Examination of the value and uses of information systems for business operations, management decision-making and strategic advantage. Discussions and applications focus on spreadsheet software and its usefulness as a managerial aid.
Most current editions of the following:
Management Information Systems for the Information Age
By Haag, Cummings, and McCubbery (Irwin/McGraw-Hill) Recommended
Management Information Systems
By Kroenke, David, and Hatch, Richard (Irwin/McGraw-Hill) Recommended
To explore the fundamental concepts and components of Information Systems (IS).
To learn methods of managing and organizing an IS.
Explain the importance of Management Information Systems (MIS) within the business community.
Analyze the components of MIS decision-support systems and their impact on decision-making.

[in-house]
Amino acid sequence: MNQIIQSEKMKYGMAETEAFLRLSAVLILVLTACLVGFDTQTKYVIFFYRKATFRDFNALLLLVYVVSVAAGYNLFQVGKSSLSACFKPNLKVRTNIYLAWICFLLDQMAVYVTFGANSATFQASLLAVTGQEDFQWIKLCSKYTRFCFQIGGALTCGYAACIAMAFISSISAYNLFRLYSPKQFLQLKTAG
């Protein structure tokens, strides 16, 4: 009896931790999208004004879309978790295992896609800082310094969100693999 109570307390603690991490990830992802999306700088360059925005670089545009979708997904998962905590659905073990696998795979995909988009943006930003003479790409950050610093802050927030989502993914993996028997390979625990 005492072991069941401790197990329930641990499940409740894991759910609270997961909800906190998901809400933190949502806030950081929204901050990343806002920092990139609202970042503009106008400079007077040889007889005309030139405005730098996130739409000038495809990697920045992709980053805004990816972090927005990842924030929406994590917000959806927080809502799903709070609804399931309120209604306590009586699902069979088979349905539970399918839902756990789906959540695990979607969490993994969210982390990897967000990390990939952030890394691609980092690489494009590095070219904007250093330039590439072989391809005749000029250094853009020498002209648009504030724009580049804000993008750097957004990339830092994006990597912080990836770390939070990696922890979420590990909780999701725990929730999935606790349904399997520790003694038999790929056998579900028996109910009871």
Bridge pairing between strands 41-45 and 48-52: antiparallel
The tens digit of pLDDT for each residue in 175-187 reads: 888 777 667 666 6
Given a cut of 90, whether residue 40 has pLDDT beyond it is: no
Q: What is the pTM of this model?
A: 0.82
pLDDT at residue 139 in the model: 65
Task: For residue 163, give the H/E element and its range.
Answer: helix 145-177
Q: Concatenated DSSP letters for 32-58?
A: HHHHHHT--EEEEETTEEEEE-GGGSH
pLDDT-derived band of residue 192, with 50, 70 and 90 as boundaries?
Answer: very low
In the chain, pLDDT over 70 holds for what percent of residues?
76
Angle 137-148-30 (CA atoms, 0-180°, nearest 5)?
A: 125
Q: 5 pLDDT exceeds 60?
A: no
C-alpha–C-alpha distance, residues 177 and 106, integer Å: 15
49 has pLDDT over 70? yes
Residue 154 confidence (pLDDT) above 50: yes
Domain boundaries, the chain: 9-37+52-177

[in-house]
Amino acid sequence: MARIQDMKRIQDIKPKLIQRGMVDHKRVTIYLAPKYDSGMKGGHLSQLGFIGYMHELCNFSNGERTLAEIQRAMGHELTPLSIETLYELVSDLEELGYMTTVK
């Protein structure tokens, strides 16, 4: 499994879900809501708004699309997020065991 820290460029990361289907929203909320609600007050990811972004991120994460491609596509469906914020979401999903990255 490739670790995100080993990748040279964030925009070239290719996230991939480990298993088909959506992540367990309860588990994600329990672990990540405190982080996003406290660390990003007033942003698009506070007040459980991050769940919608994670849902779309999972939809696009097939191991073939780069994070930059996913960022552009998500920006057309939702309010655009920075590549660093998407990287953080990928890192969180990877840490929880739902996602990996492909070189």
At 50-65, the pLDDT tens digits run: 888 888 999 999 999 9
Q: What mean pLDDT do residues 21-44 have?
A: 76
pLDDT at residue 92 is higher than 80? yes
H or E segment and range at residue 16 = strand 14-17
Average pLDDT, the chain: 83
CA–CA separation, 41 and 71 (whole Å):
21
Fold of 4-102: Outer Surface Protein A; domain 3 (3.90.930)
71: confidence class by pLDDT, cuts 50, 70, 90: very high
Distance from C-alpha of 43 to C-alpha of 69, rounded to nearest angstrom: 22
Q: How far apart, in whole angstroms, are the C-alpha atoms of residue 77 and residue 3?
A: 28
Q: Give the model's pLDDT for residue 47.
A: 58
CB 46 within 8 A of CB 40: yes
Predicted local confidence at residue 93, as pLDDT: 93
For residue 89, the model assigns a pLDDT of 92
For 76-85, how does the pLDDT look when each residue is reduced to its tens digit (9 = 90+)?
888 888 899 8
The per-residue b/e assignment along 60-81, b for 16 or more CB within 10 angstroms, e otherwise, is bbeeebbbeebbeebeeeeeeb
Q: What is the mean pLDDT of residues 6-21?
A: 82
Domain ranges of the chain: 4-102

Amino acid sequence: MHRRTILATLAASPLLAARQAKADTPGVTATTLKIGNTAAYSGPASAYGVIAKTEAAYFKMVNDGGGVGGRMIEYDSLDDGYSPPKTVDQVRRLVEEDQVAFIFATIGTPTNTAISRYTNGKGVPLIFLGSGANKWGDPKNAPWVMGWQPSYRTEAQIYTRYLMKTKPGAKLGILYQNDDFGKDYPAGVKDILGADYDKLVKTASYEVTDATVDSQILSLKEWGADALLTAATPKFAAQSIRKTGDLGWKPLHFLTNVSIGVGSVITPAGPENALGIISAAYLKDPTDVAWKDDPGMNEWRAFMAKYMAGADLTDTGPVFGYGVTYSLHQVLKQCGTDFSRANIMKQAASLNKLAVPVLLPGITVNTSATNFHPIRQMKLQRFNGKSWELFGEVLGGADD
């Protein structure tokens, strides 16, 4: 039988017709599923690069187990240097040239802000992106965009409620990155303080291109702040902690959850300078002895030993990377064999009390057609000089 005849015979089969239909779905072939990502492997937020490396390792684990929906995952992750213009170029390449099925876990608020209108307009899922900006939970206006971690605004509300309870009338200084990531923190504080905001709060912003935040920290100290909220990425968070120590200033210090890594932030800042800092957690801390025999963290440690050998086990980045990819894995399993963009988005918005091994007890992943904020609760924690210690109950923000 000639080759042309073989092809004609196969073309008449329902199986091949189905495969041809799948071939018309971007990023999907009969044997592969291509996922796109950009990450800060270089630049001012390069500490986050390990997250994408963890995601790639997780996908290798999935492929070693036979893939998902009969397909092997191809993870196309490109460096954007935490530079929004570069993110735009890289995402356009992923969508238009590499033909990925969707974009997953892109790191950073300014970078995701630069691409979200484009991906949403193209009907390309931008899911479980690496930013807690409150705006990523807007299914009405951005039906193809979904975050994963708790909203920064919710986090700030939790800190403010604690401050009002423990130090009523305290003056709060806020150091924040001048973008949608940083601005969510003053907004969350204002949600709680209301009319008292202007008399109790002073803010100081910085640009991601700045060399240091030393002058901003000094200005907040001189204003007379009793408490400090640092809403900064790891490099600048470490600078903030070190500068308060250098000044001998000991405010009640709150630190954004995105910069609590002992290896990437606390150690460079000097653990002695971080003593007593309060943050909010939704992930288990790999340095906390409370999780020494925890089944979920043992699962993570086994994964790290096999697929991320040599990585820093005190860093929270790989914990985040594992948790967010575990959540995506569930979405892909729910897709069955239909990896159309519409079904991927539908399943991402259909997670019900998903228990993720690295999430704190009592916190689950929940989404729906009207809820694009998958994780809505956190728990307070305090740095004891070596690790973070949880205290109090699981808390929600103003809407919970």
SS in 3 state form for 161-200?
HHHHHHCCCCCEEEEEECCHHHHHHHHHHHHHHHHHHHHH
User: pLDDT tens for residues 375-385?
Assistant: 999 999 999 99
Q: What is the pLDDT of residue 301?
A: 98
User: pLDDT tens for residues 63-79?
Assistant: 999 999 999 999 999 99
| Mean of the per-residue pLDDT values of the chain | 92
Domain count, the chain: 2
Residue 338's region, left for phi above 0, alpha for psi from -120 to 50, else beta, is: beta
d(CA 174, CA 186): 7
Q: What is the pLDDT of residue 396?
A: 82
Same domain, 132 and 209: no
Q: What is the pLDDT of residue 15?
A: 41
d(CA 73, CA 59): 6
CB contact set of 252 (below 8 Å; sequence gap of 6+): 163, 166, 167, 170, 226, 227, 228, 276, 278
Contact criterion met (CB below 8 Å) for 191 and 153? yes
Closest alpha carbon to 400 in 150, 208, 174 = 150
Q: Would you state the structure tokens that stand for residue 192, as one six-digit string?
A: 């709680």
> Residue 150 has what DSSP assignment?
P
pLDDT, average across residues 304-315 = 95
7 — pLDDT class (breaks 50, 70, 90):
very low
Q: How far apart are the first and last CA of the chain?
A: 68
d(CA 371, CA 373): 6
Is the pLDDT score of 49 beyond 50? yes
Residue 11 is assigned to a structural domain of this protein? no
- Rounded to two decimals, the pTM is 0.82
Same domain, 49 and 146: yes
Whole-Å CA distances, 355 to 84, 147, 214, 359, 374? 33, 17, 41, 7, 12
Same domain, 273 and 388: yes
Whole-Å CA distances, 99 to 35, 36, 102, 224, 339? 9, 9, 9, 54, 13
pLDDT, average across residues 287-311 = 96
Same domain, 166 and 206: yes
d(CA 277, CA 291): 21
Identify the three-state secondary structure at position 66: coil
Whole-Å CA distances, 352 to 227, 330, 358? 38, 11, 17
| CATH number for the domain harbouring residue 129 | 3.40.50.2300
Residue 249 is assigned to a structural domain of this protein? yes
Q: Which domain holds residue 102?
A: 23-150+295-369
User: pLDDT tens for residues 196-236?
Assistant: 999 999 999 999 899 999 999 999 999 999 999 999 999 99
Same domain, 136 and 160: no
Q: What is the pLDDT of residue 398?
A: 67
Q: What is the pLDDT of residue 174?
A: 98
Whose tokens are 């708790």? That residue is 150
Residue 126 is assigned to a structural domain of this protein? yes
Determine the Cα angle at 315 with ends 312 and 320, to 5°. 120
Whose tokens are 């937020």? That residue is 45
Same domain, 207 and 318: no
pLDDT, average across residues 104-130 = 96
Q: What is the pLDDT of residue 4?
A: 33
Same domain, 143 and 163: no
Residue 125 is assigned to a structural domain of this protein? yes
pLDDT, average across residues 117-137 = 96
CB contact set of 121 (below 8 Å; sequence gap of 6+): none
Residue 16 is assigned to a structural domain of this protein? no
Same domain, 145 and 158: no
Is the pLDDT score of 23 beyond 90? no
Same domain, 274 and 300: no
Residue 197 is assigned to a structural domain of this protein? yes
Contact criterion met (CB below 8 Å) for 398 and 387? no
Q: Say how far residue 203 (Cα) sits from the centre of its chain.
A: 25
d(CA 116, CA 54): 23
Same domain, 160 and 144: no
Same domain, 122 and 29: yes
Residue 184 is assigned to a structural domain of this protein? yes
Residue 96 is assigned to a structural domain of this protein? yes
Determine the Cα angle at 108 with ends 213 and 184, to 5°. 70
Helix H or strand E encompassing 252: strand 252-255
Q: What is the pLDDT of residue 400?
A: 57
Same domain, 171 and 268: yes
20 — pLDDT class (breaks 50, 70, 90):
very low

Explain how to collect, manage, and use data to support managerial decisions.
Appraise how MIS influence the overall decision-making process from a functional area perspective.
Describe how an IS helps to integrate business operations.
This course includes a written and oral presentation component.
The Information Age
Hardware and software, and the Internet and World Wide Web
Strategic competitive opportunities
IT systems in organizations
Databases and data warehouses
Decision support and artificial intelligence
Electronic commerce and network basics
Recommended maximum class size for this course: 15
NOTE: The intention of this master course syllabus is to provide an outline of the contents of this course, as specified by
the faculty of Columbia College, regardless of who teaches the course, when it is taught, or where it is taught. Faculty members teaching this
course for Columbia College are expected to facilitate learning pursuant to the course objectives and cover the subjects listed in the topical
outline. However, instructors are also encouraged to cover additional topics of interest so long as those topics are relevant to the course's
subject. The master syllabus is, therefore, prescriptive in nature but also allows for a diversity of individual approaches to course material.